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MIT's Alcohol Policy Myopic, Unfair

MIT's Alcohol Policy Myopic, Unfair

In the last year, MIT's policy on alcohol has changed dramatically in response to the untimely and tragic death of Scott S. Krueger '01. The Institute would like us to think that the actions taken in the wake of last fall's upheavals are done with the best interests of the students in mind. However, I'm repeatedly stunned by how myopic and out of touch with reality the administration really is. Most students around campus will tell you in all certainty that underage drinking has not significantly slowed down in recent months, only that the policy has forced students to drink in their rooms, behind closed doors, where it can't be monitored or kept under control. Last Friday, this is exactly what I was told to do by the campus police.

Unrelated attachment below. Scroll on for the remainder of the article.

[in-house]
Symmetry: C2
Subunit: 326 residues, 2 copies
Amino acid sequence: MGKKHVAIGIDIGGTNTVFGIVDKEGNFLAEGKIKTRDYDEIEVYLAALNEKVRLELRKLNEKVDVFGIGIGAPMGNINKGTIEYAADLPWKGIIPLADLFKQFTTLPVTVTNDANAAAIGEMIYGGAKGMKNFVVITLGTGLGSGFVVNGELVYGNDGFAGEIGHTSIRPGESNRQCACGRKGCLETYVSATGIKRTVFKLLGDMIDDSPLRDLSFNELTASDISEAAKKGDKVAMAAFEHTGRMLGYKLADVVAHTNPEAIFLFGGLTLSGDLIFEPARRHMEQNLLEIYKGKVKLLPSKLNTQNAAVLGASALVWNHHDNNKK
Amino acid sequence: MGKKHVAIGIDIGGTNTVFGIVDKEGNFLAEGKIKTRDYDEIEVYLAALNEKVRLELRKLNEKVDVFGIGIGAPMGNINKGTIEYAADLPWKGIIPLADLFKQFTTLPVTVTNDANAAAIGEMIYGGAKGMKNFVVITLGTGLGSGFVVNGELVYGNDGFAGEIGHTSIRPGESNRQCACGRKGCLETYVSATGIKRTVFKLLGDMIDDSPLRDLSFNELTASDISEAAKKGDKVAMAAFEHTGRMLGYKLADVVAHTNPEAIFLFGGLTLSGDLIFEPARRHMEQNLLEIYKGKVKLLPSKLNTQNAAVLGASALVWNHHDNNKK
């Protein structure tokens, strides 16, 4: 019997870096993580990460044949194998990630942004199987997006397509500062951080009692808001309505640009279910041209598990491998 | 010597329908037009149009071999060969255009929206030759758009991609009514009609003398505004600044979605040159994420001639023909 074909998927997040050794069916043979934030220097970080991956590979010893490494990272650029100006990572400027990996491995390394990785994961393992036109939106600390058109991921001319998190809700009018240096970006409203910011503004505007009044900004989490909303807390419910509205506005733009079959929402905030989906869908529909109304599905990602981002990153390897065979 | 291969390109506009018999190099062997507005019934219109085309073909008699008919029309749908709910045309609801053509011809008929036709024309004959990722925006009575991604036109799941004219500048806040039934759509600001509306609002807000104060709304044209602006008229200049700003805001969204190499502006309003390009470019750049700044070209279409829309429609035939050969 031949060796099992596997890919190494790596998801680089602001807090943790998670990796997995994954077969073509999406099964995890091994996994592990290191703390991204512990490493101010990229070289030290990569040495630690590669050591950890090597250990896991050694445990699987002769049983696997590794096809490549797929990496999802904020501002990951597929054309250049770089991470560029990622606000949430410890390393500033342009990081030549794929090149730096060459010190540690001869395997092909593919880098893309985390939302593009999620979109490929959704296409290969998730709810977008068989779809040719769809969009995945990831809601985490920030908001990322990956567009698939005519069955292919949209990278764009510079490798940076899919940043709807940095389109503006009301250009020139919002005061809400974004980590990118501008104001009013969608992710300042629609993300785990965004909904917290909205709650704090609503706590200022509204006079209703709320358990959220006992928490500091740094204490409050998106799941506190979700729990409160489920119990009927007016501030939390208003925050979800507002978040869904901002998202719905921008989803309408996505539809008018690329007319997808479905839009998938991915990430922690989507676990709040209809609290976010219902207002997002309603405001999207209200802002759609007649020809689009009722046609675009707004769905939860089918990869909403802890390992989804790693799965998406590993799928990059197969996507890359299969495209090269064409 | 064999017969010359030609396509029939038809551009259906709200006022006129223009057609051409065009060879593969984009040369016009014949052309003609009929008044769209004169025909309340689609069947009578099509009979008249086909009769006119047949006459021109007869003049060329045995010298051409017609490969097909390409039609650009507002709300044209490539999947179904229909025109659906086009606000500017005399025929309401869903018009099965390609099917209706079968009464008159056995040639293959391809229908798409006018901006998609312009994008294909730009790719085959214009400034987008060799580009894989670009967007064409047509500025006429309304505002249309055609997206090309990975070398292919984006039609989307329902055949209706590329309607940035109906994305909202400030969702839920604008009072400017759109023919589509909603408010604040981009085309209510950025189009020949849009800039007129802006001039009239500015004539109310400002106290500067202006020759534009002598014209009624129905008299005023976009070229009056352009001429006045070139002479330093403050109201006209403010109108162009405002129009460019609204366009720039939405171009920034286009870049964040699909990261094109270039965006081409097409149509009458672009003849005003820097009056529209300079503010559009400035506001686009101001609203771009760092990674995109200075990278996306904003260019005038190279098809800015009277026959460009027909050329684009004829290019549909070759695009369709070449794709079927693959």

At a dry, registered dormitory party that I attended last Friday, members of MIT's own intrepid Campus Police told me in no uncertain terms that I was not allowed to drink a beer in the lobby area, inside the actual party, the lounge, or even in the elevator, for that matter. Under threat of fines for alcohol violations, my friend and I, both 23 years of age, were told rather gruffly to go finish our beers in an upstairs bedroom, preferably with the door shut.

MIT's new drinking policy is a complete travesty. There is no need for a sober adult and his friend to be harassed by the Campus Police for consuming a single beer. The policy has made people afraid to get medical help for fear of reprisals from the CPs and has forced students to resort to illicit and devious methods to get alcohol. It is an affront to the intelligence of the MIT population, and an unfair abridgement of the rights of legal-age students. It seems to me that as far as MIT's policy on drinking is concerned in the dormitories, the hypocritical message is clear: drink all you want, but make sure you do it in a place where MIT is not as legally liable.

Iyad Obeid G